Sunday, November 8, 2009

Toxic Love: Where Do You Draw The Line?

"The more in love we became, the more dangerous we became for each other. Equally as dangerous...because, it was a bit of an obsession." ~Rihanna on Chris Brown

I'm not sure why, but this quote struck a cord with me. I was perplexed as I thought about why it was bothering me so much, and then it came to me. Before I begin, I'd like to preface this post by saying that I do not have some tumultuous, obsessive, love life. I have a healthy relationship, so don't run wild this. I was not thinking from the "Fatal Attraction" angle either. I'm speaking of 2 people, mutually and passionately in love.

A little background information: I never had a boyfriend in high school and for the majority of my college years, I focused on books and never took a man seriously. I've recently found to be what I feel will be my first and last Love. I know it may be odd for a woman my age to just be experiencing her first love, but it is what it is. I love the feeling it brings when I think that not only am I in love, but that I am sharing this love. Although, like anything, it has its trials and problems, it's a mutual bliss- progressing and secure. However, there's a darker side to my emotions, and I feel I need to get a grasp on managing them early, as this is all new territory for me. This love is also an addiction. At times, and I'm ashamed to admit this, it's jealous, and more often than not, illogical.

From the above, you might be thinking that I already need assistance but pump ya breaks. Is this not how love is experienced for any other people? A whirlwind of emotions that surrounds my very soul, the eye of this delicious storm being my heart. A storm doesn't always have to be destructive and turbulent. It's simply all of my emotions coming at me in a rush. My question, however, is this? Where is the line drawn with "love?" When do two people realize that their love has become dangerous for each other.

Some might say when it reaches the point of possessiveness:
  1. Jealousy opposed to the personal independence of, or to any influence other than one’s own upon, a child, spouse, etc.
  2. Desirous of possessing, esp. excessively so: a possessive lover.
  3. Of or pertaining to possession or ownership
Now some might say that this is a bad quality to allow to exist in a relationship (esp. after reading definition # 1 lol), but I disagree (yea yea sue me) to a certain degree.. In my opinion, it's only natural to wonder about the whereabouts of someone you love. You worry that they might betray you, despite the trust you have in them. You feel like you've found something golden and unique, and you don't want to share that with anyone else. Obviously, this "quality" can go too far. However, I would argue to say that it only becomes a problem when 2 parties demonstrate unequal levels of it. If both parties are equally possessive, perhaps there will be less friction over rules imposed or controlling behavior? I don't know, let me know what you think. I definitely don't want to own anyone, but I am territorial. It's a basic survival instinct... right? I personally think the line comes in when people are trying to control every aspect of each other's lives. I used to see those horror stories on Oprah or Psych shows where women had husbands who told them what to wear, when to wear it, and how to wear it. The men didn't let them have any friends, didn't let them out of the house, and made them check in with them every hour of the day. Clearly, this is going overboard, but also represents what I mentioned before- an unequal balance of "power" - the women had no control in these situations.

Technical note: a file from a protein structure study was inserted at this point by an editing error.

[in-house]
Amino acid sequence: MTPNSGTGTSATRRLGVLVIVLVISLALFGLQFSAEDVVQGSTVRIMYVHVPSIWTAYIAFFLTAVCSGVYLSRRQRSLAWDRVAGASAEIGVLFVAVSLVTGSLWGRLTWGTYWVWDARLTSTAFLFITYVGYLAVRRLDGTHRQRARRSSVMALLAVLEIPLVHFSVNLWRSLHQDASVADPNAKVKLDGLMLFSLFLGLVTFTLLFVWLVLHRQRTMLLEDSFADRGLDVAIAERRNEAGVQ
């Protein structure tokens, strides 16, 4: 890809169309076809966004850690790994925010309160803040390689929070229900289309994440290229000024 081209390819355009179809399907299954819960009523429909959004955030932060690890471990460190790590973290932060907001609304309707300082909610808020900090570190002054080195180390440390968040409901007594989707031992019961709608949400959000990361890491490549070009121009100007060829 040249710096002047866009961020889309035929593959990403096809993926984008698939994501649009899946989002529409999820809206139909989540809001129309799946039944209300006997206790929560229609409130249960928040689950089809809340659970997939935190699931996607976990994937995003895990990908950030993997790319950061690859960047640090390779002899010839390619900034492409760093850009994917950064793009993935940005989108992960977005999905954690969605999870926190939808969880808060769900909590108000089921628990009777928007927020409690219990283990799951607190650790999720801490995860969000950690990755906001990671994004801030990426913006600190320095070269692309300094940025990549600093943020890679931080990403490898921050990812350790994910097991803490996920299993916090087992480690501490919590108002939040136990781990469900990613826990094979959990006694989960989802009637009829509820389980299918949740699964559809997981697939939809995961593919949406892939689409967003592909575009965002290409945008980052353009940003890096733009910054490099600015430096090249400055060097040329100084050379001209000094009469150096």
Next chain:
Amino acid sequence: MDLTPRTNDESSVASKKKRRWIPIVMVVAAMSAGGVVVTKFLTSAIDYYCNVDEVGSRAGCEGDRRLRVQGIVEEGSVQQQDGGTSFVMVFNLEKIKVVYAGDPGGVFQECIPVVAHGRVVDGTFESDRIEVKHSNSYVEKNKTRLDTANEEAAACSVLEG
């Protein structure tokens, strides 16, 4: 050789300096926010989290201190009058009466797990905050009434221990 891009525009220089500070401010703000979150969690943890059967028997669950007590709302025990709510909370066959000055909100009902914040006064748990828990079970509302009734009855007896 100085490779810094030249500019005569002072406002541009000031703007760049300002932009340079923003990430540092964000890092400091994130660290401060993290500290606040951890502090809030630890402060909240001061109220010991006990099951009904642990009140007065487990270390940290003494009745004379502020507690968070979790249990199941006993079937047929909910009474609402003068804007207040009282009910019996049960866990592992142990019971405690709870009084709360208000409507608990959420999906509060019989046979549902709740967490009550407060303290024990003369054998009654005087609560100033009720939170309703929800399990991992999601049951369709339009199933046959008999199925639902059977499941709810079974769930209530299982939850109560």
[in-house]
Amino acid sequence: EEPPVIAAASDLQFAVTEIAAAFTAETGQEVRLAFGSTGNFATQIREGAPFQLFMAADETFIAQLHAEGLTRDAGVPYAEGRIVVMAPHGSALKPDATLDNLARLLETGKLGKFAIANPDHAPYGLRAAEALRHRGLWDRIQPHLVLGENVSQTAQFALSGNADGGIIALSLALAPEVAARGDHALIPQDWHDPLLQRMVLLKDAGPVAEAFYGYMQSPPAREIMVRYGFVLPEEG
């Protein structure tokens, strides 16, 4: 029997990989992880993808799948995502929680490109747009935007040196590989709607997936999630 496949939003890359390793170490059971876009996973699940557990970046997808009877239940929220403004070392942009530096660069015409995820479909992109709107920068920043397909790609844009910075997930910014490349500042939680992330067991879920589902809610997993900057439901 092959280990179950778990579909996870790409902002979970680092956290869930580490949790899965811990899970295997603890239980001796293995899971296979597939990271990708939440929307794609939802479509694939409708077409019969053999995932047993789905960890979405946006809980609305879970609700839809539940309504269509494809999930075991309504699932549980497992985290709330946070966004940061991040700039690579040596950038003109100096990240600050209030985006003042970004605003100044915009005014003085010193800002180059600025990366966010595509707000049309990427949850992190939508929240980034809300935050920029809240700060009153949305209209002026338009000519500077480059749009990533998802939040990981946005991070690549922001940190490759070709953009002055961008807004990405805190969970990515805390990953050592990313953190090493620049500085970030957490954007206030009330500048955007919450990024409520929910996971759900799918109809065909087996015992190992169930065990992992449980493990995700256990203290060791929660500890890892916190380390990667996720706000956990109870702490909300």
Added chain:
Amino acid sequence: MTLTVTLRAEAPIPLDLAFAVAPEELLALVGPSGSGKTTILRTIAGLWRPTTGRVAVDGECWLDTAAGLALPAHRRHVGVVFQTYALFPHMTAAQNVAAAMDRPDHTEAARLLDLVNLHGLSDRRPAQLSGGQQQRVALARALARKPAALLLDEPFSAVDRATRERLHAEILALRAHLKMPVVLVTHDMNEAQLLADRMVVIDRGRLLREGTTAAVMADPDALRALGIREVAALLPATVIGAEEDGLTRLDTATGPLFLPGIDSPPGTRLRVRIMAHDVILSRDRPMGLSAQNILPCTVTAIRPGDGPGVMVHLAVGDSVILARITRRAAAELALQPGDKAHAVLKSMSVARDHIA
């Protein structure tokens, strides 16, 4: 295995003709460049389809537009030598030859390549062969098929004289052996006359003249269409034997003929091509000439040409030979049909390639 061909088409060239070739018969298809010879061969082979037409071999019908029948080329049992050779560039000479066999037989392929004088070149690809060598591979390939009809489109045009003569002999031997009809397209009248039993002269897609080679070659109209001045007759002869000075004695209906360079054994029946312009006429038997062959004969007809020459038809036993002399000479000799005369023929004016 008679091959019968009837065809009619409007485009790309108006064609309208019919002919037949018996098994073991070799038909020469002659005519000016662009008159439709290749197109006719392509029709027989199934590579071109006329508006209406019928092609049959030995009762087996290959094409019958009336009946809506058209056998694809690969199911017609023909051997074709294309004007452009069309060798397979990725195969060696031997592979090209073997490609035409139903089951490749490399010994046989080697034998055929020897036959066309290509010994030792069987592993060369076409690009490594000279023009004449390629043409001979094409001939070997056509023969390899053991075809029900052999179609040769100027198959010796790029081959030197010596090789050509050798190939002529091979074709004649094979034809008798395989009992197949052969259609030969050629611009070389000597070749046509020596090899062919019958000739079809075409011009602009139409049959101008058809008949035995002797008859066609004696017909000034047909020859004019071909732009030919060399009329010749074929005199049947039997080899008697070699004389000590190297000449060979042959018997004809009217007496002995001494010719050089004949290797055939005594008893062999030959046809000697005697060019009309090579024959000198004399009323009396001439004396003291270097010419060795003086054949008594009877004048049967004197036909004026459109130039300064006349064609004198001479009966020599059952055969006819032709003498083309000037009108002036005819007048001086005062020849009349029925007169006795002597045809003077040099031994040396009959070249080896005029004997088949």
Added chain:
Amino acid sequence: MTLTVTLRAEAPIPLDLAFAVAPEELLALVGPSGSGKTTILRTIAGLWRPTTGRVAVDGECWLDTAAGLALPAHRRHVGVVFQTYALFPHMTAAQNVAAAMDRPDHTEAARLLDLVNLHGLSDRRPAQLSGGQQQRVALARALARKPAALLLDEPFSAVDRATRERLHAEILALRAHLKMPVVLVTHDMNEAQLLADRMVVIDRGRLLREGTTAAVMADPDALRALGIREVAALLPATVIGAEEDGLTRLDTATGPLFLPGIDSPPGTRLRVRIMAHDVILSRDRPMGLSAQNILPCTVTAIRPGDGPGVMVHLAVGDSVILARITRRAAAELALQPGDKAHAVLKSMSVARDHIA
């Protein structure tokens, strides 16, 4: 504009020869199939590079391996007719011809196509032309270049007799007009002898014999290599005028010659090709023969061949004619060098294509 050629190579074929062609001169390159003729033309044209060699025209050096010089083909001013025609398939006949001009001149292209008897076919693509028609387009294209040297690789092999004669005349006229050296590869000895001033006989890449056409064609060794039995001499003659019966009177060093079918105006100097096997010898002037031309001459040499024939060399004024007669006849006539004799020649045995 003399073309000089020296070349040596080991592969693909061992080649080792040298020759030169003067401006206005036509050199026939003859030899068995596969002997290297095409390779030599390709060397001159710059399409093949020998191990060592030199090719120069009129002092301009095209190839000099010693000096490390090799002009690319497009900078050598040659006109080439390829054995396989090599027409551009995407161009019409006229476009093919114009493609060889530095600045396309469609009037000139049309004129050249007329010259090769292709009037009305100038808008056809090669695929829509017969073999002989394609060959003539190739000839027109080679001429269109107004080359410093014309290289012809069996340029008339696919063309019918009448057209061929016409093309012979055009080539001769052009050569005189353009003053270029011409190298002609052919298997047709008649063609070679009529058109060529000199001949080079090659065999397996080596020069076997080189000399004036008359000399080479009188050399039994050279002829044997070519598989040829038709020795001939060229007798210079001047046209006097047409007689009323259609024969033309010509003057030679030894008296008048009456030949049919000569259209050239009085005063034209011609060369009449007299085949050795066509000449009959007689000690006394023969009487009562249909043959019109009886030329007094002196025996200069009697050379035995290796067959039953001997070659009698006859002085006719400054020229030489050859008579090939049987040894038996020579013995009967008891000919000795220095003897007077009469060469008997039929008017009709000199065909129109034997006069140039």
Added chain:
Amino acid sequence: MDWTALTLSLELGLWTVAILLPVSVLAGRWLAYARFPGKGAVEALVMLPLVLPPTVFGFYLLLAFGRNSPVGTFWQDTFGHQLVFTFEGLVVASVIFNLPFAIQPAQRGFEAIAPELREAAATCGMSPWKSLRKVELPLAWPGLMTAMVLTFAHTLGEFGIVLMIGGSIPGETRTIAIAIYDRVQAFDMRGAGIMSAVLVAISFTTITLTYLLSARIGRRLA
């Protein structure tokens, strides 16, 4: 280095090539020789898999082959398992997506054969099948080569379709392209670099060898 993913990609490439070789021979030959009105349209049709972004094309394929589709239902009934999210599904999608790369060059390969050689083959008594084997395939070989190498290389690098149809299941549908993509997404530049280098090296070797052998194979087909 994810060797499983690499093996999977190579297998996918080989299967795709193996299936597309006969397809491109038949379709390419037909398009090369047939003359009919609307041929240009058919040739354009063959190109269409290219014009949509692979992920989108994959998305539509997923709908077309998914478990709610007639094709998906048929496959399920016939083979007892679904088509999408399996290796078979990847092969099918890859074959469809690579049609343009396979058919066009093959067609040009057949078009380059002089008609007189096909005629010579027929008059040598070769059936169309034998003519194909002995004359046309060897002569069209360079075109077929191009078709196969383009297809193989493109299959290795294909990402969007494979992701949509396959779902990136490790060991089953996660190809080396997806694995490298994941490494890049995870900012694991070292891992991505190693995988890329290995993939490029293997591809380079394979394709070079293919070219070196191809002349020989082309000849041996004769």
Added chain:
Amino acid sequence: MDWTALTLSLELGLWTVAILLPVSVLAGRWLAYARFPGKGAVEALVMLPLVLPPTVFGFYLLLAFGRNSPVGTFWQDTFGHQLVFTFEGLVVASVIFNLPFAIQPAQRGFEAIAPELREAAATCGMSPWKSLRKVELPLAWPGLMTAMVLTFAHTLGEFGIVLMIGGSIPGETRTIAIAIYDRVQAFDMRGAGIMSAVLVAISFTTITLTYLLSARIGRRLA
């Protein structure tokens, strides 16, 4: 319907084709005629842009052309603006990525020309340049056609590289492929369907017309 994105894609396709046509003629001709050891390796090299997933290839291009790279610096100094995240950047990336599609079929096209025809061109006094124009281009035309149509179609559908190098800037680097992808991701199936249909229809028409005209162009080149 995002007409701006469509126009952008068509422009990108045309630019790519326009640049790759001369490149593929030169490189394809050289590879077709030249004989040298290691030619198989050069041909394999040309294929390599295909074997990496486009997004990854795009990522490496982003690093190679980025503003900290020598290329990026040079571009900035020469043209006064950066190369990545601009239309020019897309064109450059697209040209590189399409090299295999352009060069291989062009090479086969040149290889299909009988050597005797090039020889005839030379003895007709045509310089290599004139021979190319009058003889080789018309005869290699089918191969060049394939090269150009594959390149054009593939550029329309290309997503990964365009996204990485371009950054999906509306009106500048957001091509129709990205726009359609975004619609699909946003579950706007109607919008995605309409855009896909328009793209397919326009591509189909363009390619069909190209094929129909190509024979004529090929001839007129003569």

My questions, in summary, are: Is there a such thing as "Healthy" Possessiveness. Can you be "possessive" and still be secure? Where is the line drawn (and please don't mention violence, that's a given.)?

1 comment:

  1. Love the Rihanna quote to start things off. It was very profound to me as well when I watched the interview. It came across strikingly honest.

    I believe there is such a thing as "healthy" possessiveness. Although I have never been 'in' love. I've loved and what I've read in the Bible about God's love. God doesn't want to share us with anyone or anything and wants to be in every aspect of our lives. Even with us, he still gives us our free will to accept or reject it.

    So, I can see how that would translate into our own relationships. Except since we're not perfect, sometimes our jealousy can become overbearing. So, yes, there can be a balance.